I would like to join my colleague Geoff Pullum in celebrating Jan Freeman’s superb takedown of that mangiest of stuffed owls, Strunk and White’s inescapable The Elements of Style, which has just undergone its latest restuffing, this time with illustrations by Maira Kalman (it’s been taxidermized more often than Lenin’s corpse). A sample:
It was never a seamless creation, to be sure; the 1959 first edition merely sandwiched Strunk’s 1918 handbook for his Cornell students, lightly edited, between White’s introduction and his essay on prose style. But at least you knew Strunk was Strunk, vintage 1918, and White was White, circa 1958. Succeeding revisions, instead of blending the disparate parts, have left ”Elements” a hodgepodge, its now-antiquated pet peeves jostling for space with 1970s taboos and 1990s computer advice.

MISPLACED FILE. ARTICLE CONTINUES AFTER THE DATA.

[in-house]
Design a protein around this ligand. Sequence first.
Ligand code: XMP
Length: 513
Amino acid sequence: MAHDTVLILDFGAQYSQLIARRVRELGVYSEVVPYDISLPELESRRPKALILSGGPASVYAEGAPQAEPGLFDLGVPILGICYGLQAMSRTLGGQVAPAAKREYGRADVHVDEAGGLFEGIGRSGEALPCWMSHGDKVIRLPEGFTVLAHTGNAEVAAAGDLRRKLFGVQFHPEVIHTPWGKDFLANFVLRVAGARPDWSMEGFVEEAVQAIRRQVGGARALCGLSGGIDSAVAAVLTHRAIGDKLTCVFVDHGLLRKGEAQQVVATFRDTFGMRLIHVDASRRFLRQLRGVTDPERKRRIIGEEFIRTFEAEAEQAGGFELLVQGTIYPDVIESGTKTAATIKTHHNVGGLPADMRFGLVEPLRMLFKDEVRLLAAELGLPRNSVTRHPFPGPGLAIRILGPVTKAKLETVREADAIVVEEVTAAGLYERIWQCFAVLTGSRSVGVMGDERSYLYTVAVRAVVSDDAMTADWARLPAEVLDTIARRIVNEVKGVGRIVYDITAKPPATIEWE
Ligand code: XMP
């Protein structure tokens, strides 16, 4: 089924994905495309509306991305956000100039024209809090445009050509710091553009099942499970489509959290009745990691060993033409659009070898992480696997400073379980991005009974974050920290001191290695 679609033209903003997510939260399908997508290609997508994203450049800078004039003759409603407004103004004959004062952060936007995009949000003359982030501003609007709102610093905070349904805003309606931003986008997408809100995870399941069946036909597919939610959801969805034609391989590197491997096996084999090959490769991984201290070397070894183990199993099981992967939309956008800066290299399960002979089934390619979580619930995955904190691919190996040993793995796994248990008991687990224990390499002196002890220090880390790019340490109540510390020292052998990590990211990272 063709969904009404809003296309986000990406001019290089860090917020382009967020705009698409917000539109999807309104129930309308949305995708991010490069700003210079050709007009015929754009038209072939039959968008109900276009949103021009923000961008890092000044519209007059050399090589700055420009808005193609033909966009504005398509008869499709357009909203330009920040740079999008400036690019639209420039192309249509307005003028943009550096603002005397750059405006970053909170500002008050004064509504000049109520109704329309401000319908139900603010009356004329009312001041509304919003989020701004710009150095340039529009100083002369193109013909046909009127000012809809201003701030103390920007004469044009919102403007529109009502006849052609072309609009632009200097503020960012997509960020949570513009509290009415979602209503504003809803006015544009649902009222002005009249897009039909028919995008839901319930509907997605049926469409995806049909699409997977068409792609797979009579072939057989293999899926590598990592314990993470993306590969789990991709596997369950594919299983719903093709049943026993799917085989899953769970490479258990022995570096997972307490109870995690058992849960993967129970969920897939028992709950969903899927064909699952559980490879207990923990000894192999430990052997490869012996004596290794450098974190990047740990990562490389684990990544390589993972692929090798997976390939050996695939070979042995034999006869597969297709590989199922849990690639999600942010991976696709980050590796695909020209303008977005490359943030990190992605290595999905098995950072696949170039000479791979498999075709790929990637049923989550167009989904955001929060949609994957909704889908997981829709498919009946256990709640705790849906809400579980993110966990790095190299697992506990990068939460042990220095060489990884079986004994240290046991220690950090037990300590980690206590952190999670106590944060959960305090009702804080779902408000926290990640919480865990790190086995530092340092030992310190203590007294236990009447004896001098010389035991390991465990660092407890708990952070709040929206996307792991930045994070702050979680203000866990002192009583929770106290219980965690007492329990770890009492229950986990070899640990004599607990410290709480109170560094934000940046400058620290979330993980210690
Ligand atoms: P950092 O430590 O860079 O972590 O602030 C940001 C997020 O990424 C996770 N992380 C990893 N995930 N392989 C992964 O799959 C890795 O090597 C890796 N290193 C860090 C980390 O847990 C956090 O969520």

(The illustrated ”Elements” is essentially the 1999 edition, with a couple of small restorations from the 1918 original. Not quite a restoration, alas, in the case of Strunk’s introduction: The proofreaders overlooked one of his ”Words Often Misspelled,” so the opening sentence now promises ”to give in brief space the principle requirements of plain English style.”)
Scanning the recent editions, you sometimes wonder what could possibly have been cut, given the absurdity of what remains. Don’t use claim to mean ”assert”? Mark Twain did it in 1869, the year Strunk was born. Don’t contact anyone? It’s a ”vague and self-important” verb—or so people said in the 1920s, when it was new. Don’t use they to refer to ”a distributive subject” like everybody—unless you’re E.B. White: ”But somebody taught you, didn’t they?” says a character in ”Charlotte’s Web.”
Ouch. I know I can’t talk you Strunk-lovers out of your affection, but can you at least look on the damn book as an affectionate portrait of a crotchety former teacher and not as a guide to English, a task for which it is manifestly unsuited? Let it sit harmlessly on the mantelpiece and glare out at the unruly world with its glassy eyes.